In order to combat the issues that AMD had with the R9 290X and overheating causing thermal throttling of the GPU, AMD approached Asetek to help them water cool the entire graphics card. Asetek is very good at making self-contained liquid cooling systems and they’re capable of scaling in the thousands if not hundreds of thousands. So, as a result they helped AMD engineer a solution that would help them not only cool a single Hawaii GPU but two slightly higher clocked Hawaii GPUs, a pretty tall order.
If you look at the card itself, there are a few major parts to the whole system. Primarily the metal backplate, the PCB with the GPUS and memory, the Asetek liquid cooling blocks and full-length cooling plate, and the metal cover and fan. There is also a heat exchanger (radiator) attached to each of the Asetek waterblock/pumps and each block and pump is connected to the other. If the GPUs are already water cooled why have a fan on the cover of the card, some of you might say? Well, that’s because the fan’s purpose is to keep the memory chips cool as well as the voltage regulators in the middle. Remember, voltage regulators typically are the first failing points of most dual GPU cards.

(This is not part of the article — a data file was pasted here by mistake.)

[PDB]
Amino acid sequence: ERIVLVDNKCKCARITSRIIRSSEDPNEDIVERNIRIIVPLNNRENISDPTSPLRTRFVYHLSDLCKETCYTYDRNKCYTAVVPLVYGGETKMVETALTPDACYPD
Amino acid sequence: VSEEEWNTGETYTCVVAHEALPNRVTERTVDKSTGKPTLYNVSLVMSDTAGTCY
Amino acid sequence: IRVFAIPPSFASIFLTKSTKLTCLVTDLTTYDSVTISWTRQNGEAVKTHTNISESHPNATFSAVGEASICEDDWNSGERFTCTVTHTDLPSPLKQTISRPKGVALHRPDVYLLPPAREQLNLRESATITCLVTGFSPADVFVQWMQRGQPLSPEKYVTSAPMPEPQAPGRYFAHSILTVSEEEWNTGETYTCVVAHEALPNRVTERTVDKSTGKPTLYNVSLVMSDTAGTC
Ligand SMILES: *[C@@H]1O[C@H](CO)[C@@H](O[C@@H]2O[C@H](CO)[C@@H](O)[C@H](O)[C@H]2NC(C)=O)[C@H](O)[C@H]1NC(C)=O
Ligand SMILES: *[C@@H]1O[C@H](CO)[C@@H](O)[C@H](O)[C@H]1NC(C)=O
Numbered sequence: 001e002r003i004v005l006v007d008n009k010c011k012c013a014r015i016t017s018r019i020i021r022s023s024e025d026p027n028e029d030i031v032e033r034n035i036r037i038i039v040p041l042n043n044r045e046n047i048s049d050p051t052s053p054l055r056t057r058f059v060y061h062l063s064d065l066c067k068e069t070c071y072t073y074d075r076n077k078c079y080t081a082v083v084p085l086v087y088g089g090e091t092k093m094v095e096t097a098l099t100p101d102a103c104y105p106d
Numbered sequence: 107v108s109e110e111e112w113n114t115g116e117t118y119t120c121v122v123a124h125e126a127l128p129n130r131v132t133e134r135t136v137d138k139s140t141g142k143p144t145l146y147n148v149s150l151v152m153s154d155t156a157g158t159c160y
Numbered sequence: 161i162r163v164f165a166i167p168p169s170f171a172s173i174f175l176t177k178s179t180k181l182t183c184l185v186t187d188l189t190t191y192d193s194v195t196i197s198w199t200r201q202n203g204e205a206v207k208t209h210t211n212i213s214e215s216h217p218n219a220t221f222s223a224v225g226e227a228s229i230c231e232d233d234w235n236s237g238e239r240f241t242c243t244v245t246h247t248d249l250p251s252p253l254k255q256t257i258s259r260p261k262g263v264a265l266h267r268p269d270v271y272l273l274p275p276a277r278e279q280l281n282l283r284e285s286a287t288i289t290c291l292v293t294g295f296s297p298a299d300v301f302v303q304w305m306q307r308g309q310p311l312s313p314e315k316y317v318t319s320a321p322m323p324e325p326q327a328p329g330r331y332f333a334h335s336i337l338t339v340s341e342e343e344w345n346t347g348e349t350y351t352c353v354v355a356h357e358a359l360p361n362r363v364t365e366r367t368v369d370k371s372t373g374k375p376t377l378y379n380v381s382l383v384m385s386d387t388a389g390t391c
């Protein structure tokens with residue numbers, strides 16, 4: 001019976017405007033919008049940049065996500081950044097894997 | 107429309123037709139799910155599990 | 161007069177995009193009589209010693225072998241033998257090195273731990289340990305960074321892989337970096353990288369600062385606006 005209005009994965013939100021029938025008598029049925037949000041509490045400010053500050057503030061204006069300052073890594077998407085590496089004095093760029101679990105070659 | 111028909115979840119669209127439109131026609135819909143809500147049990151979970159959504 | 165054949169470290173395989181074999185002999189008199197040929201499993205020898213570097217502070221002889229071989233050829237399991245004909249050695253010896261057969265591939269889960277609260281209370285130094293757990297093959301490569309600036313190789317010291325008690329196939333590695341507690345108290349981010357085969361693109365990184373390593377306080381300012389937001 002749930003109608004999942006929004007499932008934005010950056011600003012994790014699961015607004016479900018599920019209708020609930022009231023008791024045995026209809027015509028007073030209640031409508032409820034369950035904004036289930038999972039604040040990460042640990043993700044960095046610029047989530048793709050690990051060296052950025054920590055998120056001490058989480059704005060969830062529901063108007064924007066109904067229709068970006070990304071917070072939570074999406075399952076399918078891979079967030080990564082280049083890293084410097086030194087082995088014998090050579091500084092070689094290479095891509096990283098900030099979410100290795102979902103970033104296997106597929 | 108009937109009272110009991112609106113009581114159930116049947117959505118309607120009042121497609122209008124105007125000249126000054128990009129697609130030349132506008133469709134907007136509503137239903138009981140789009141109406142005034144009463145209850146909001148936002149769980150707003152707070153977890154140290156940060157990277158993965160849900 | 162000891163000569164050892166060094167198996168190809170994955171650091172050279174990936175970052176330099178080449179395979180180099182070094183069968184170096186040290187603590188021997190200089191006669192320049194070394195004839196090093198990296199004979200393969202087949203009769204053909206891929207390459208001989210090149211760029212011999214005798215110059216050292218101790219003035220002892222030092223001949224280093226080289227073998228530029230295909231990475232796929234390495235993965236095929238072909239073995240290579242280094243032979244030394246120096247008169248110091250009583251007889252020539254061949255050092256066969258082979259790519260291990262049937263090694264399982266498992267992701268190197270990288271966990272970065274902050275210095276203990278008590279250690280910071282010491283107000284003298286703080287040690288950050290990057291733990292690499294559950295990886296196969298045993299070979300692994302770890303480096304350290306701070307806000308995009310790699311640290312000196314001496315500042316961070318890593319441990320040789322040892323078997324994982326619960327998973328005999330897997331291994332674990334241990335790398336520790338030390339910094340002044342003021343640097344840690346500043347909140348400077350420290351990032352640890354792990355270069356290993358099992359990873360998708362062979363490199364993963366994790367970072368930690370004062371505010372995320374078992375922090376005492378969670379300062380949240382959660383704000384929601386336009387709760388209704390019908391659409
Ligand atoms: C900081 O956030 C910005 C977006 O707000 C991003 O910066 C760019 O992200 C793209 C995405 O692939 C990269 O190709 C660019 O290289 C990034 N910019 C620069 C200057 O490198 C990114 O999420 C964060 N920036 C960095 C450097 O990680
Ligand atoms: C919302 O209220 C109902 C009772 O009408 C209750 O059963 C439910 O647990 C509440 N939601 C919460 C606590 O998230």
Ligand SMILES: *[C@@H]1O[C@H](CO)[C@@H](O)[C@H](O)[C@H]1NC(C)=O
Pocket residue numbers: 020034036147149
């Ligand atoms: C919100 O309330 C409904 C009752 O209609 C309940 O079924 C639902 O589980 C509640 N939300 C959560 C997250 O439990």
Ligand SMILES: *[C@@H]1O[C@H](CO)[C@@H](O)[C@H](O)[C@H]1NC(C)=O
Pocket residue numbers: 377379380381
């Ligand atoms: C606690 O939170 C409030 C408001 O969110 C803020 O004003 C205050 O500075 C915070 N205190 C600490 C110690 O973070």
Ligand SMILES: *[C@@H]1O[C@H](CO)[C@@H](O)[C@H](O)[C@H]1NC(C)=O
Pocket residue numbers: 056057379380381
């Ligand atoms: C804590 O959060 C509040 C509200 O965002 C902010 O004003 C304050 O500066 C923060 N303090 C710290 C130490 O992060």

As a result, you get a very very powerful graphics card that is fully contained and self-sufficient, as long as you give it 500 watts of power. That means that this card has two PCI Express 8-pin power connectors and it also means that you need to have the right PSU with enough current on the +12v rail in order to power it safely and in a stable manner. For this purpose, we will be using a Thermaltake Toughpower XT 1475W power supply. Obviously you don’t need that much unless you plan to run two of these cards in a single system.
The back of the card is also populated with four MiniDP and one Dual-Link DVI connector, netting you a total of five monitors, at up to 2560×1600 resolution if you use all 5. However, you could theoretically drive three 4K monitors off of this display – realistically you’d want to have two of these GPUs in order to drive a triple-4K display setup smoothly. Gaming in 25 million pixels? Everything is possible.
That takes us to the GPU’s overall performance and evaluating its capability as a 4K gaming card and whether or not it is actually worth the $1,499 pricetag. Not just that, but how does it utilize the 8GB of GDDR5 and does it run anywhere nearly as hot as the R9 290X with the new cooling solution?